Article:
Over the past decade, I've met with three therapists. Each time, the relationship fizzled after a few meetings, and I'd tell myself I didn't need therapy anyway. (Why, I should probably be doling out advice!) But more and more, I'm forced to confront the reason I went in the first place: I'm not so good with anger. I either simmer or explode. I can fashion more facets on a minor grievance than a jeweler on a diamond.

So one day, after I once again catch myself looking for ways to win disagreements from weeks (okay, years) earlier, I decide to try again. The difference this time is that instead of just plopping down in front of a name on the HMO provider list, I'm going to do what any therapist would recommend: speed date. A consultation here, an intake meeting there, and I might just find someone with whom I really, truly connect.

I meet with Jay Blevins at his thoughtfully arranged office. On his coffee table sits a bowl of colorful origami stars—far more intriguing than a tissue box. I'm nervous because Jay stresses his willingness to push a client. Yet he's friendly, bald, and smiling, the sharpest edge on him a pair of architectural eyeglasses.

Jay's approach is "experiential": He wants a client to feel the emotions they're recalling, right there in his office. To my relief, this does not involve role play. Jay also notes that when salient, he may disclose more of his life than many therapists do. All in all, I have faith that he'll be frank. Which is comforting, and nerve-racking. What will it reveal about my darkest self when I finally give in to the urge to sort those tiny origami stars by color?

Next up is Barbara Perkins, whose softly lit office has the same calming effect on me as Mr. Rogers's ritual of putting on his house shoes and cardigan. Barb has kind green eyes and stylish suede boots. If Jay's M.O. is to urge his patients to dig deep, Barb's is to be like a trustworthy older cousin. I snuggle up on an extraordinarily comfy love seat as she suggests I may have trouble validating my own feelings. Maybe, or maybe my feelings are just stupid. (Oh, wait!)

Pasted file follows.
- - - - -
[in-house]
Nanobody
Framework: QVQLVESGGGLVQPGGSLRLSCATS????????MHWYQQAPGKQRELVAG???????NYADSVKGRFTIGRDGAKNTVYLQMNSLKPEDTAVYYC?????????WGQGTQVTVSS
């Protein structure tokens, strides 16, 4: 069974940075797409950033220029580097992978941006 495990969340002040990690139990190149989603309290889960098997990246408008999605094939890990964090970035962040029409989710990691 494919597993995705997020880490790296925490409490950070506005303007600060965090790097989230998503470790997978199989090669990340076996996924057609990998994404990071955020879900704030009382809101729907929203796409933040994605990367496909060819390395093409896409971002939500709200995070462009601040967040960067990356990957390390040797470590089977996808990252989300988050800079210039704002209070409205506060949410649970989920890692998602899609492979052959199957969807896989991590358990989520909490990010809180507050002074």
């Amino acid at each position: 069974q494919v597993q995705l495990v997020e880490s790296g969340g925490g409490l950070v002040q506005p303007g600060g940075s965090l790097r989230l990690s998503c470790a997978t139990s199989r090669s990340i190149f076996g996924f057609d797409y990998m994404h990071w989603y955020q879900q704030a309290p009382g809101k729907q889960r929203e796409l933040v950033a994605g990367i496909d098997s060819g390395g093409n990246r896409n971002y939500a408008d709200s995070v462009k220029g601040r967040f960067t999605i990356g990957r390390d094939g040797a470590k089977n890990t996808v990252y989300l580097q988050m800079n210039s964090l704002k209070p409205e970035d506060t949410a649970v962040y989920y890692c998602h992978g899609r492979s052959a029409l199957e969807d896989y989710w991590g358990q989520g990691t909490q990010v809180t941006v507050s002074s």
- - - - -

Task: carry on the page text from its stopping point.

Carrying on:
Finally, I meet Laura Weisman Cleavland, whose focus on mindfulness seems a nice match for my rabbit mind. She shares an office with the counselor I saw with my husband a couple of years back. (Kismet! Or maybe just reasonably priced real estate.) We meet in a small room with a red velvet couch and two armchairs, a clock ticking meditatively on the wall. For some reason, I take the armchair and leave her the couch, wondering if the action is loaded—or if my worrying about it is. Laura flips on a lamp that leaves us in a womblike glow.

Laura's younger than I am, fresh-faced in a pair of striped Toms. (I tend to examine my therapists' shoes. Only Jay's, which were blocked from view by the coffee table, escaped scrutiny.) I don't mind her youth; she's the closest to a peer of the three, the sort of person I'd meet socially. She even drops a disarming F-bomb. She's relaxed, but also prodding. She's good at grasping what I'm saying, then taking it a step further. She pays attention to the emotions lurking beneath my words, to ways I might be judging or feeling victimized. When we accidentally go ten minutes over, it seems like a good sign.

The truth is, I could work with any of these therapists. (How would Jay push me beyond my comfort zone? How freely and far would I roam with Barb?) But I like how Laura strikes a balance between Jay's challenging style and Barb's soft-spoken one. It just feels right. So I choose her.

I'm excited to see what I can explore in therapy, instead of regarding it, as I did before, as something rotely beneficial, like a tetanus shot. I thought consulting several therapists would be like a series of awkward hookups, but it's more like the beginning of a few fascinating chats. We laypeople may not know a lot about Freud or Jung, but we do know whom we click with. We know if, quite simply and most importantly, we want to keep the conversation going.


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